World Cup 2010, Nigeria Vs. South Korea: Super Eagles Surprisingly Close To Knockout Stage

Though they have arguably looked worse than Africa's five other World Cup entrants, Nigeria has the best chance to advance. They must beat South Korea on Tuesday, and if they do, the only help they need is an Argentina victory over Greece. While that combined result might not be probable, it's certainly no long shot.

Those who have seen South Korea play might find it a long shot. The Koreans were one of the tournament's most impressive teams after one round, putting up an easy 2-0 victory over a Greece side that would go on to beat Nigeria. In their second match South Korea lost 4-1, but for a twenty minute stretch in the second half, South Korea looked poised for an equalizer.

The gap between South Korea and Nigeria may be larger than three points if measured by quality of play, but wins and draws dictate Group B's table. With only one result separating the sides, and teams of similar talent levels, how each coach manages their side could determine which team does through.

South Korea, Going Forward: The same advantage South Korea has had in their preceding two group stage matches - wing play - will continue to benefit them in this match, provided Muh Jung-Moo decides to use that strength. In his match against Argentina, Muh moved Park Ji-Sung into the middle, exposing one of his best players to Javier Mascherano. Although Nigeria does not have a Mascherano-esque player, they have strength in defensive midfield. Muh needs to keep Park wide.

If South Korea uses their wing play, it will only accentuate their other advantage in attack: Park Chu-Young. Playing centrally as a supporting striker, Park is the type of player whose movement can find space in front of Joseph Yobo and Danny Shittu. Play down the wings from Park Ji-Sung and Lee Chong-Yong will create the angles by which Park Chu-Young can be leveraged.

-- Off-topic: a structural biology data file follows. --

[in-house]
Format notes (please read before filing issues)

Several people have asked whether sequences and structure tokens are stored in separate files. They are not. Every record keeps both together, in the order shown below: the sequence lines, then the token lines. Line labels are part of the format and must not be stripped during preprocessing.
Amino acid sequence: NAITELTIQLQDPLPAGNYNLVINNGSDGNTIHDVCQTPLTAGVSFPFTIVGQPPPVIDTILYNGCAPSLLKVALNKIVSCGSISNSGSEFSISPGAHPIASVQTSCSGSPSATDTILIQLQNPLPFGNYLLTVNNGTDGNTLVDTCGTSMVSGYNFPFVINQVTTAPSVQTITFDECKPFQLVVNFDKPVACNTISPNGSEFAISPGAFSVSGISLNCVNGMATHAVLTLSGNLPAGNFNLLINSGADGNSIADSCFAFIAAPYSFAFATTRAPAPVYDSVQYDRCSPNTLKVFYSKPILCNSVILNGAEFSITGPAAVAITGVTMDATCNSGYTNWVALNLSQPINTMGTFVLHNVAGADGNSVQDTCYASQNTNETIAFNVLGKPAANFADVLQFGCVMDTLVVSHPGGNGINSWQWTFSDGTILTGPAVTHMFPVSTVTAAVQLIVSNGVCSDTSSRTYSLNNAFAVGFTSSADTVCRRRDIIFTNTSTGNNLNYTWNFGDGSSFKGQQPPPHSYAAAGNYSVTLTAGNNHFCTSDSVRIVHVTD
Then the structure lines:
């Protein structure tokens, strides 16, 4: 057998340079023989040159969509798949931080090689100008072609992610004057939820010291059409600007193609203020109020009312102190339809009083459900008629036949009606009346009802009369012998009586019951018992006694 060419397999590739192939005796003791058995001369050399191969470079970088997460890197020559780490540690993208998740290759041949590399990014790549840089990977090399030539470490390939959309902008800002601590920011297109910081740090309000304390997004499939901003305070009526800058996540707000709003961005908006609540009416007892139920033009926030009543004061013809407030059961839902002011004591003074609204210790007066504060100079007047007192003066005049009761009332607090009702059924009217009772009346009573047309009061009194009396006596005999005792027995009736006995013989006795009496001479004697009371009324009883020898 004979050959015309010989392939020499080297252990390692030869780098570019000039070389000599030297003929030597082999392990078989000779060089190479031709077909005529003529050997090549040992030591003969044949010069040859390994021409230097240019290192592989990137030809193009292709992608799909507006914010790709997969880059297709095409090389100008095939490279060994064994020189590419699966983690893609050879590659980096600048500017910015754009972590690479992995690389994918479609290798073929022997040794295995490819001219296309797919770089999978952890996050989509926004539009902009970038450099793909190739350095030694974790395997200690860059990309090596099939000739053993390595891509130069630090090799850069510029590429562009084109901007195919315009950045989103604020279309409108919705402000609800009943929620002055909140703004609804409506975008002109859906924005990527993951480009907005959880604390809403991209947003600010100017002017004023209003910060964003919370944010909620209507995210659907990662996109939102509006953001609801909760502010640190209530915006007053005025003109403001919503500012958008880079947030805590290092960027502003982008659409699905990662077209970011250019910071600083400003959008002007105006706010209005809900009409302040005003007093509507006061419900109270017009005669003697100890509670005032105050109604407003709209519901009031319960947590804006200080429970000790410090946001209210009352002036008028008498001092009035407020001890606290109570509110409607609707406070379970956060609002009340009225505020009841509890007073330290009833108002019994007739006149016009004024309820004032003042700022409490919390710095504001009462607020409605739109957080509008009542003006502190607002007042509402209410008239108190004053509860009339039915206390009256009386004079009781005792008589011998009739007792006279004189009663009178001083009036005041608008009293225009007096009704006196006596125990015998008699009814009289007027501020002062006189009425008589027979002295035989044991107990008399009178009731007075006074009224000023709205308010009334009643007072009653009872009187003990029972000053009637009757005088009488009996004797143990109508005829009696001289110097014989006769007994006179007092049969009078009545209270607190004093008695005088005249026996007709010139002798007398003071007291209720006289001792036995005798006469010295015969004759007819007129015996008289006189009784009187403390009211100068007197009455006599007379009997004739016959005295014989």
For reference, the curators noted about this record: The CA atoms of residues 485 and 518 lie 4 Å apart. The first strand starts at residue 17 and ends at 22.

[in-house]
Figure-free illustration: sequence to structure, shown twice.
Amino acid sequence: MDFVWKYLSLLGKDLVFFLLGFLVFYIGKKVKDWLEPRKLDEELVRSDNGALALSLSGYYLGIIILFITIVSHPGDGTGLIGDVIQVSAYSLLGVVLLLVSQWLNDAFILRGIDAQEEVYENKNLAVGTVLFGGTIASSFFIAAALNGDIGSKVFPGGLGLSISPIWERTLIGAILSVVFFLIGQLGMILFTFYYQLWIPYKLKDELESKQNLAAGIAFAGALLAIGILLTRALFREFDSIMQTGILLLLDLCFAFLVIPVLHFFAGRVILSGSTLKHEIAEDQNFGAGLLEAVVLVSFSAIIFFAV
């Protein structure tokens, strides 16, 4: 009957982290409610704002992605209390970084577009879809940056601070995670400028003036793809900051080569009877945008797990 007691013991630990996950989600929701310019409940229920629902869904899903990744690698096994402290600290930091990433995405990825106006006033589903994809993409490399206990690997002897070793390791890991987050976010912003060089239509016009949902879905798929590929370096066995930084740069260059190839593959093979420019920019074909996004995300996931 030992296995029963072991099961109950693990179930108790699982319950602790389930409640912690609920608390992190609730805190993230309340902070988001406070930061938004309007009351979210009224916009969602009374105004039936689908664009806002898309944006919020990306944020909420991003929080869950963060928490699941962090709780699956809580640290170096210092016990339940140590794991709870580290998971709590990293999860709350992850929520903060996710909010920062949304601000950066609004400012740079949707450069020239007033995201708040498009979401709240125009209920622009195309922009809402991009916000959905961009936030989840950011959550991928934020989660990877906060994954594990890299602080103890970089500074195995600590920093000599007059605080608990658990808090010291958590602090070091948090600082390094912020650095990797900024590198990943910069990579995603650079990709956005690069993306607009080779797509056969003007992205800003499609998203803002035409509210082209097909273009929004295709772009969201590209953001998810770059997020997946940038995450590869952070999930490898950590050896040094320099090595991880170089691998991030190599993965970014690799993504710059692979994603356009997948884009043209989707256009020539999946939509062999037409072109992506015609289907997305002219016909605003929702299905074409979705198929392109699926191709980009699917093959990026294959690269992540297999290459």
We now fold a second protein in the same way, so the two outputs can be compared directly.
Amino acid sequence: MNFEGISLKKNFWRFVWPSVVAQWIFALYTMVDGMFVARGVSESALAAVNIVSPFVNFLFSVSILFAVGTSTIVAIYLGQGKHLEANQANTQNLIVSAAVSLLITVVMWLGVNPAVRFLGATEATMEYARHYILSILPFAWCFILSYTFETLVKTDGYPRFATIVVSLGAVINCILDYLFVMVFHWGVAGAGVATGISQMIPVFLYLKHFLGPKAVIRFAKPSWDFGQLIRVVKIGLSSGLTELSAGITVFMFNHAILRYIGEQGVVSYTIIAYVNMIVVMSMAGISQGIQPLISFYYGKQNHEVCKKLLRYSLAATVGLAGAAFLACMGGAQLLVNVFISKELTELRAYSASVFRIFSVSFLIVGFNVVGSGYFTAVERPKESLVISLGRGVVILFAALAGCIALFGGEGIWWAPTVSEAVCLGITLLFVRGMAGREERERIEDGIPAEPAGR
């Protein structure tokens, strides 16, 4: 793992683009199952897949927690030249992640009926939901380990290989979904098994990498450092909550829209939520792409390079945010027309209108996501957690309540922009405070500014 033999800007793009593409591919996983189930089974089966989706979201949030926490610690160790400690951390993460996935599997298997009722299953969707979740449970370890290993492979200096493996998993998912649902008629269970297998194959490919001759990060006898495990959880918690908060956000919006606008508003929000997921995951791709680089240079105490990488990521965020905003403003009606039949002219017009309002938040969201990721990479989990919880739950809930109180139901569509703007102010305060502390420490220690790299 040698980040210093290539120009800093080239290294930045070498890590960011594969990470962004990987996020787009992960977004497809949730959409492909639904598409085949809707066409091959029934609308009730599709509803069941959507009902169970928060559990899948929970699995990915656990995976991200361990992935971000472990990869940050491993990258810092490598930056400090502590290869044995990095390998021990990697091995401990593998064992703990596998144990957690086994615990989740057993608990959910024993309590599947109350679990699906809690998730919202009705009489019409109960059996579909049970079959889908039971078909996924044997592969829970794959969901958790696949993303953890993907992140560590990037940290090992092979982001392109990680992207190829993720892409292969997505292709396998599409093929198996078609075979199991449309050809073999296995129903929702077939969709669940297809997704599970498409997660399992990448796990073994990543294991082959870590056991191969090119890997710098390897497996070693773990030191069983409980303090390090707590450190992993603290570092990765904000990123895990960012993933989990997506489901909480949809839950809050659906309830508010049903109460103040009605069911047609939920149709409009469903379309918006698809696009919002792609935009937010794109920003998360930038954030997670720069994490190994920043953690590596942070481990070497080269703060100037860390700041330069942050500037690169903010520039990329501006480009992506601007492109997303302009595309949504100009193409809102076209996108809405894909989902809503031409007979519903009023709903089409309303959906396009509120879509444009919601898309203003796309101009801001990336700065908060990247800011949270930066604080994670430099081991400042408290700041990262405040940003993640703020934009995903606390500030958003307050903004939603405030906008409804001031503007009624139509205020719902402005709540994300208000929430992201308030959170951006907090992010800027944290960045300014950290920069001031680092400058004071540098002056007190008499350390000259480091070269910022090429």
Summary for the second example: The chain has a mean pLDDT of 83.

Nigeria, Going Forward: Nigeria has one goal in this tournament, scored off a set piece misplayed by Greece's keeper. With Lars Lagerback insistent on playing 4-4-2 with 4-3-3 personnel, it's unclear whether Nigeria will have their tactics figured out in time to threaten South Korea. Unable to worry Argentina or Greece, it may be best to assume they will provide similar levels of concern to the Koreans.

The biggest problem with Lagerback's approach: it always leaves one of Nigeria's two best attackers on the bench. Against Argentina, Lagerback had to sacrifice Peter Odemwingie, the team's best creative presence, in order to have both Yakubu Aiyegbeni (the target man) and Chinedu Obasi in the lineup. Against Greece, Obasi was dropped for Odemwingie, only to have the Hoffenheim-man return at halftime. For Odemwingie.

Lagerback needs to play both of these players at the same time. I know it's a novel concept - putting your best players on the field - but the new Super Eagles coach needs to try it. Else, the Swede will continue writing his book on how not to fit-in after taking a new job months before the World Cup.

How The Match Turns: Nigeria is amazingly close to making the knockout stage. If they win and Greece lose to Argentina, they're in. Unfortunately, the Super Eagles have given us no reason to think them capable of beating South Korea, a team that has played well in two matches (even if one of the scores hints otherwise). If Nigeria turned it around, it would not be the first time we've seen a team find itself before their third group stage match.

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